A Gentleman In Moscow Season 1 Review – A decent drama despite its flaws

Season 1



Episode Guide

Episode 1 -| Review Score – 3.5/5
Episode 2 -| Review Score – 3/5
Episode 3 -| Review Score – 2.5/5
Episode 4 -| Review Score – 3/5
Episode 5 -| Review Score – 3.5/5
Episode 6 -| Review Score – 4/5
Episode 7 -| Review Score – 3/5
Episode 8 -| Review Score – 3/5


A Gentleman In Moscow is based on the novel sporting the same name, and Paramount’s series does a decent job adapting the source material. However, it’s not without its faults.

The story starts in 1922 and follows the downfall of the royal hierarchy in Russia. Count Alexander Rostov is deemed an unrepentant aristocrat and sentenced to house arrest at the Metropol, a grand hotel across the street from the Kremlin.

Rostov has never worked a day in his life, but now finds himself in a dingy attic room, living out the most tumultuous decades in Russian history as it unfolds outside the hotel’s doors. However, Rostov’s world is not without its surprises, and some of that stems from a little girl called Nina at the hotel. Rostov’s unfolding friendship with this girl ultimately paves way for big changes in the Count’s life, ones that see him reckoning with the past whilst simultaneously forging an unlikely future.

The story itself is pretty good but A Gentleman In Moscow suffers from some casting issues. In its bid to try and be as historically accurate as possible, the jarring contradiction with adhering to DEI standards makes for some rather questionable choices. We won’t go into that here and it doesn’t detract from the overall enjoyment of this one, but those after a truly authentic representation of Russia through the ages are unlikely to get that here. And in some ways, this does besmirch the original source material this is based on.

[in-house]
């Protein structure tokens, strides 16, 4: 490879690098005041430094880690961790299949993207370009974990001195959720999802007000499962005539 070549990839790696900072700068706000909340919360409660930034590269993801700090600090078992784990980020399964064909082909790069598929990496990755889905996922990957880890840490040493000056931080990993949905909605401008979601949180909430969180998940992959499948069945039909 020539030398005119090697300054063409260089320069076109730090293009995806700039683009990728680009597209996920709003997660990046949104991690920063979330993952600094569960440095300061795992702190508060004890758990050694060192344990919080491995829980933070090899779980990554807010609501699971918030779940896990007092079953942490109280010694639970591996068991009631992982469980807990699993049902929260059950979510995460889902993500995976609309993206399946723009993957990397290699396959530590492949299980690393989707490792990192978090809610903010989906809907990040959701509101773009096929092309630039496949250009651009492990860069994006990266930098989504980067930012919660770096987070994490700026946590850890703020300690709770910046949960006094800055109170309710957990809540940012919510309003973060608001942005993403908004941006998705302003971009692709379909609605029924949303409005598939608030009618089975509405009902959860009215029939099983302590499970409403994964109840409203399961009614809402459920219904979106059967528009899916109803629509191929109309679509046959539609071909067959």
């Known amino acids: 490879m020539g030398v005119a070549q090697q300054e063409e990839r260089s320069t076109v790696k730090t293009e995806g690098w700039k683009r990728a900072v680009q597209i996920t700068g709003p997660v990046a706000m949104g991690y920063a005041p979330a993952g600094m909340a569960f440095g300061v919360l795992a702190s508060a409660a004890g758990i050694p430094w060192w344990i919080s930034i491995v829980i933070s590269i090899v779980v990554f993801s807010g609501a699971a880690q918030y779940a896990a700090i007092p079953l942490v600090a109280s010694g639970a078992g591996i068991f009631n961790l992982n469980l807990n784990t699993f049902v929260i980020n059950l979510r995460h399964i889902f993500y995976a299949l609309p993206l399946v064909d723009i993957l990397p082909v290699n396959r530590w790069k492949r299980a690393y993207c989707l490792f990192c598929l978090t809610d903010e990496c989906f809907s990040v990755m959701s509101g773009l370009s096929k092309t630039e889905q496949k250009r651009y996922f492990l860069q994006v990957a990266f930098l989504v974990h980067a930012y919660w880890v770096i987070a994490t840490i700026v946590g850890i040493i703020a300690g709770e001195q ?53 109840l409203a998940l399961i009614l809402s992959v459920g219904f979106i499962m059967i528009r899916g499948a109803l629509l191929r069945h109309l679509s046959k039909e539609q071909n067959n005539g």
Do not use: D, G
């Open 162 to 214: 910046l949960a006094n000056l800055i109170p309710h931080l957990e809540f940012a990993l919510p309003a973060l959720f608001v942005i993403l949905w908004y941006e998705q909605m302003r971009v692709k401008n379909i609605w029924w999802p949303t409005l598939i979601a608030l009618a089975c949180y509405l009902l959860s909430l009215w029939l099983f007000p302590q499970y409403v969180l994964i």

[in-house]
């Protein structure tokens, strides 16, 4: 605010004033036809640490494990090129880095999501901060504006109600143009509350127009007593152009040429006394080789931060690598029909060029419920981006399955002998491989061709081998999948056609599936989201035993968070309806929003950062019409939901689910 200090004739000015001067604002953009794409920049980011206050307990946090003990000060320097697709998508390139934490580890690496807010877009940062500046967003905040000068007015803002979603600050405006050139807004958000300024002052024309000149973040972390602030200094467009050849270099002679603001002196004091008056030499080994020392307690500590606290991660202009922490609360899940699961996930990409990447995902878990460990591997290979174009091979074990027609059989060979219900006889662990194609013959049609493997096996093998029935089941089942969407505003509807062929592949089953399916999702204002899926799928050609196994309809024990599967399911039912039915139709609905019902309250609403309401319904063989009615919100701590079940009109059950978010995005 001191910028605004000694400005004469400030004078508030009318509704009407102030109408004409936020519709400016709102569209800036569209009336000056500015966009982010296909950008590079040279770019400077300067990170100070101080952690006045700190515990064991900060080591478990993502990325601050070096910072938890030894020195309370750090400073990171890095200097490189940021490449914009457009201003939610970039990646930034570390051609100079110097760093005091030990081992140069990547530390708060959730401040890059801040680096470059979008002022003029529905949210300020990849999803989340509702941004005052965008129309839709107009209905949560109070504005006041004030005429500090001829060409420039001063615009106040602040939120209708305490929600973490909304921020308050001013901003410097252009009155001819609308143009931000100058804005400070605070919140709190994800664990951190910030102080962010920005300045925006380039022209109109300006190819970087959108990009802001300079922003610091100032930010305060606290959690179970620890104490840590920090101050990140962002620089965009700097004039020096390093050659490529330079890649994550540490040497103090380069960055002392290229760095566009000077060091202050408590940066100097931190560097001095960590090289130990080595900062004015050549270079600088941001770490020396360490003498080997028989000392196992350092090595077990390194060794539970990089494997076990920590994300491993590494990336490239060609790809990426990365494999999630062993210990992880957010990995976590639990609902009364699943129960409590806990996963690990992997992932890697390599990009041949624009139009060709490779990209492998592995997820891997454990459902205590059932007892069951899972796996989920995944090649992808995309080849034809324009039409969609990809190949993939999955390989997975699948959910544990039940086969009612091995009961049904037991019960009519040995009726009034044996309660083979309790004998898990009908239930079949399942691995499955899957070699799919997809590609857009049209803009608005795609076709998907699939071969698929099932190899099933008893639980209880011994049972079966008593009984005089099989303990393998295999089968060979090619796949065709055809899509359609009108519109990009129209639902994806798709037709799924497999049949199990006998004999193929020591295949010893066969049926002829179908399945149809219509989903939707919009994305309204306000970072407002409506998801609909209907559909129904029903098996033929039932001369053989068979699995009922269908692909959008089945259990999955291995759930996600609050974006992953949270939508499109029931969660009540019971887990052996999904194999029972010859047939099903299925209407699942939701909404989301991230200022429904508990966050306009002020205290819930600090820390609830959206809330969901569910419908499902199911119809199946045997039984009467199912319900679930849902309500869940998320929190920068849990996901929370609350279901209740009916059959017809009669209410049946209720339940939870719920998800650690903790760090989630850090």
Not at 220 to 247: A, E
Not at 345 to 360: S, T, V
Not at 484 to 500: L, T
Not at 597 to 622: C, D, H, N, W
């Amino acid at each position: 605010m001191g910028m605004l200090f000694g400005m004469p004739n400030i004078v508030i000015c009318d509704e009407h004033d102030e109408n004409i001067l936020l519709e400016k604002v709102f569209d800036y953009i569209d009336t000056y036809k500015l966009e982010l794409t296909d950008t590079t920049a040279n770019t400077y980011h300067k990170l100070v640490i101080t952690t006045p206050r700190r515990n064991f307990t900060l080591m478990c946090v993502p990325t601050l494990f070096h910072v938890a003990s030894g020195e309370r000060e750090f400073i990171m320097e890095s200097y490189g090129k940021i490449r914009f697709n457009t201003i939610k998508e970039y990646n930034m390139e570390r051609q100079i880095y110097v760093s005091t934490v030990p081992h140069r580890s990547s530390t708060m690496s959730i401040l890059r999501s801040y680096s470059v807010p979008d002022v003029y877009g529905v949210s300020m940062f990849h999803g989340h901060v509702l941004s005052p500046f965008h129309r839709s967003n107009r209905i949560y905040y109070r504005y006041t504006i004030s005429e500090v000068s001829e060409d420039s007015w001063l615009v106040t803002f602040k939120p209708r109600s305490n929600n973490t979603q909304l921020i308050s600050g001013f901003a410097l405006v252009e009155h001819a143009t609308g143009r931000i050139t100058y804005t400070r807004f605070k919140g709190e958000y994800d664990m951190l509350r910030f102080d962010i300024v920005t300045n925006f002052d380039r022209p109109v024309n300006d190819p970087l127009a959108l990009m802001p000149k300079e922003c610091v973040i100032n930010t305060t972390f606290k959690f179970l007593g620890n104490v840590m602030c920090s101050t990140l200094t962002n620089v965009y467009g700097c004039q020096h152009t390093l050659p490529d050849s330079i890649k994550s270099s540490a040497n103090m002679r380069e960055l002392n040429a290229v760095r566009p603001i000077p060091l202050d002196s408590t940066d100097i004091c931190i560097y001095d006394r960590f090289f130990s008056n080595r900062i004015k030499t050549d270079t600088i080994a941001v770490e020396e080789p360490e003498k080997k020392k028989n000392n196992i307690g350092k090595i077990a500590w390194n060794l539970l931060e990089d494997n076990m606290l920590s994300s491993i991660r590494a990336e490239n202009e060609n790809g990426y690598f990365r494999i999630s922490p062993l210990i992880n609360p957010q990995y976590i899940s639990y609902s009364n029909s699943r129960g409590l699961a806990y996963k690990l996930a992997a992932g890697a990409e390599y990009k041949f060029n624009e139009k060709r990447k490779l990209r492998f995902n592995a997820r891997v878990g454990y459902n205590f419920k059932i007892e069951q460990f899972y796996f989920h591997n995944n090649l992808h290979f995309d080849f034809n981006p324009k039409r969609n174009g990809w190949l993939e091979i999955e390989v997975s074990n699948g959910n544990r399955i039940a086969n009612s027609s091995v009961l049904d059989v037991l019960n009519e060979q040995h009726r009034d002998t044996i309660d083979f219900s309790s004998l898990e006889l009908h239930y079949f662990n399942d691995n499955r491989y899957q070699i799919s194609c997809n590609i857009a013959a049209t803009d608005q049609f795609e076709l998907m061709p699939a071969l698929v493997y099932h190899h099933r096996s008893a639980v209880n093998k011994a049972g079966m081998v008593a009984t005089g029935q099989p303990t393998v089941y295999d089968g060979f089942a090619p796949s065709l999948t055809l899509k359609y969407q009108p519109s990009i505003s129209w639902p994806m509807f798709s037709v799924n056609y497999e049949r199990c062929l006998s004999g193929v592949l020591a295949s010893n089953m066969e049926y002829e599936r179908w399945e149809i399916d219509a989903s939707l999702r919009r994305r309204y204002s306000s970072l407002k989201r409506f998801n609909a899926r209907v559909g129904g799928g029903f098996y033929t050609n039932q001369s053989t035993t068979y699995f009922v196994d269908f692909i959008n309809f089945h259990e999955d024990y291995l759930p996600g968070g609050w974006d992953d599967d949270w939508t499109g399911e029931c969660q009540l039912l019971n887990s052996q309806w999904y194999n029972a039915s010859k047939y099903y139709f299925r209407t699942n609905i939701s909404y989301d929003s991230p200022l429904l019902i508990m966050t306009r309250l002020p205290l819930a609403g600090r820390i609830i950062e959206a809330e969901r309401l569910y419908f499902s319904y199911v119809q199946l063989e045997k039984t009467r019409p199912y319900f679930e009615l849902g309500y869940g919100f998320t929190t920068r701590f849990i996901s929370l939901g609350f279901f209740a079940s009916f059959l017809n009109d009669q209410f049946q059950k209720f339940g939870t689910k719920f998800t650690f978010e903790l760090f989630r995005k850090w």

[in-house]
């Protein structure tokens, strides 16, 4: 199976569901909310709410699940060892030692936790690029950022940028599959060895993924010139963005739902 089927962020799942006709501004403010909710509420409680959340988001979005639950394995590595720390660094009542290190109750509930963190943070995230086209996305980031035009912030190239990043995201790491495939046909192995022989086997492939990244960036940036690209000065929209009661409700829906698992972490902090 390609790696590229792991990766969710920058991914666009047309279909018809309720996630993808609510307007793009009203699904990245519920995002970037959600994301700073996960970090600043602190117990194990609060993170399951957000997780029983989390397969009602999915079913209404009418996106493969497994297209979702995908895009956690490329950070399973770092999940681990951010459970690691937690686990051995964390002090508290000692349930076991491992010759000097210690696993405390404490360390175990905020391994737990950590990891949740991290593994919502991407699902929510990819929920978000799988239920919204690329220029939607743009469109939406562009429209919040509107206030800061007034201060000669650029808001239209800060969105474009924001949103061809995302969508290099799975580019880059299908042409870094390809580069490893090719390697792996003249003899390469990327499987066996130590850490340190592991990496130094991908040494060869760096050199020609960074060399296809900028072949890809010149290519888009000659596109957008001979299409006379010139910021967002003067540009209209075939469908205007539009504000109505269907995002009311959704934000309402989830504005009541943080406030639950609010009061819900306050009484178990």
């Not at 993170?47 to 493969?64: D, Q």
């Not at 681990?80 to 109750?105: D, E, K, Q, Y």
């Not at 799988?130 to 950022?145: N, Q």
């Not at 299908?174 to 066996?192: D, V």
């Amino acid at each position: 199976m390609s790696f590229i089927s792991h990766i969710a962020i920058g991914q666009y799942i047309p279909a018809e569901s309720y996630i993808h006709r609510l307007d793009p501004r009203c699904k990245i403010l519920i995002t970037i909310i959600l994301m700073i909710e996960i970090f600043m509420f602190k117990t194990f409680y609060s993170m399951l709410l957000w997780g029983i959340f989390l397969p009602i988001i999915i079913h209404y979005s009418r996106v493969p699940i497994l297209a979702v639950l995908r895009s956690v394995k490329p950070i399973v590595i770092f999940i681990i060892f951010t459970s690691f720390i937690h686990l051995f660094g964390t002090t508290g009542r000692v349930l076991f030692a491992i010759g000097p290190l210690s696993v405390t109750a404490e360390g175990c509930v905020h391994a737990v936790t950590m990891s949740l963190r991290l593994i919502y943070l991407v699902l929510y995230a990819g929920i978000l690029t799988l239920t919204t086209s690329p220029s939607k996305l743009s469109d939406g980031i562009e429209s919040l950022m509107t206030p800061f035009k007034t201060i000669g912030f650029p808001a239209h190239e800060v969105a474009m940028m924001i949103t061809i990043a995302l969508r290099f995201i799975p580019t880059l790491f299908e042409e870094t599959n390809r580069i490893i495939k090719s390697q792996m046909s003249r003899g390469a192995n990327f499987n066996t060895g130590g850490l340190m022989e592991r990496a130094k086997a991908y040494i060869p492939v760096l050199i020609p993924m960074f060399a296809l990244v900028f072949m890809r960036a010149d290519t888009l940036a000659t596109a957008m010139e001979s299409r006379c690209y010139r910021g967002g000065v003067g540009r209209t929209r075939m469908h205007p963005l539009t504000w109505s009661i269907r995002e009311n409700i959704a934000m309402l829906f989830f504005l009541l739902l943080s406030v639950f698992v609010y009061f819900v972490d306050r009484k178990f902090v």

The other casting choices, especially Ewan McGregor as Count Rostov, are inspired choices and do a great job at elevating the material. There are some episodes that drag on a bit too much and a couple of segments that could have been cut completely but on the whole, this historical drama is very enjoyable. 

The show mostly sticks to a pretty rigid structure, with no antagonist beyond that being Mother Russia’s changing world outside. There is one character called Bishop who remains a bit of a thorn in Rostov’s side, but he’s never overbearing or that much of a threat in all honesty.

Instead, the fascination with this series comes from the way those inside the hotel act and react to changes in the government and ideological values. Seeing things like labels on the wine bottles removed or large banners for Russia pinned up are neat inclusions and help to show that political needle swinging back and forth between the left and the right.

While the ending may be a point of contention for some, and some of the casting choices are historically inaccurate, A Gentleman In Moscow has enough in the tank to make it worth watching despite those drawbacks. The story develops well, there’s some great acting and the visual design, alongside its reliance on key themes, makes for an engaging watch.

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  • Verdict - 6/10

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